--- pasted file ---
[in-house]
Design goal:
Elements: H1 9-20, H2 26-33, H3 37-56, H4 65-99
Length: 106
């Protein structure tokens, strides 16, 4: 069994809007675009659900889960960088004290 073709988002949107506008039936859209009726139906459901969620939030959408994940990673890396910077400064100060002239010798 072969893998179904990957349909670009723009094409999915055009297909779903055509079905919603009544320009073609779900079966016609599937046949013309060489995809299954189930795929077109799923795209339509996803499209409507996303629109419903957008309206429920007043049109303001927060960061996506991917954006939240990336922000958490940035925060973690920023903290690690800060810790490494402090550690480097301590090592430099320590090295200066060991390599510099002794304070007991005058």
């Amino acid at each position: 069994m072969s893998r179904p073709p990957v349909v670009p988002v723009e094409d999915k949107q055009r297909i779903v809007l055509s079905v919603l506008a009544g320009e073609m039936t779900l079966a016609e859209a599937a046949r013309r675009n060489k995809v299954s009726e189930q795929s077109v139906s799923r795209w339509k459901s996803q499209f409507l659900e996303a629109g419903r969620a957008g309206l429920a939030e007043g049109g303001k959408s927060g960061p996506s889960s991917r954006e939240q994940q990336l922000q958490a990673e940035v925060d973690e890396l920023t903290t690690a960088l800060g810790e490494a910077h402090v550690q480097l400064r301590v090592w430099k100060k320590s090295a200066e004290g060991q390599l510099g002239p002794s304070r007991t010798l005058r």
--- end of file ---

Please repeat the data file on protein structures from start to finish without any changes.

[in-house]
Design goal:
Elements: H1 9-20, H2 26-33, H3 37-56, H4 65-99
Length: 106
């Protein structure tokens, strides 16, 4: 069994809007675009659900889960960088004290 073709988002949107506008039936859209009726139906459901969620939030959408994940990673890396910077400064100060002239010798 072969893998179904990957349909670009723009094409999915055009297909779903055509079905919603009544320009073609779900079966016609599937046949013309060489995809299954189930795929077109799923795209339509996803499209409507996303629109419903957008309206429920007043049109303001927060960061996506991917954006939240990336922000958490940035925060973690920023903290690690800060810790490494402090550690480097301590090592430099320590090295200066060991390599510099002794304070007991005058």
């Amino acid at each position: 069994m072969s893998r179904p073709p990957v349909v670009p988002v723009e094409d999915k949107q055009r297909i779903v809007l055509s079905v919603l506008a009544g320009e073609m039936t779900l079966a016609e859209a599937a046949r013309r675009n060489k995809v299954s009726e189930q795929s077109v139906s799923r795209w339509k459901s996803q499209f409507l659900e996303a629109g419903r969620a957008g309206l429920a939030e007043g049109g303001k959408s927060g960061p996506s889960s991917r954006e939240q994940q990336l922000q958490a990673e940035v925060d973690e890396l920023t903290t690690a960088l800060g810790e490494a910077h402090v550690q480097l400064r301590v090592w430099k100060k320590s090295a200066e004290g060991q390599l510099g002239p002794s304070r007991t010798l005058r």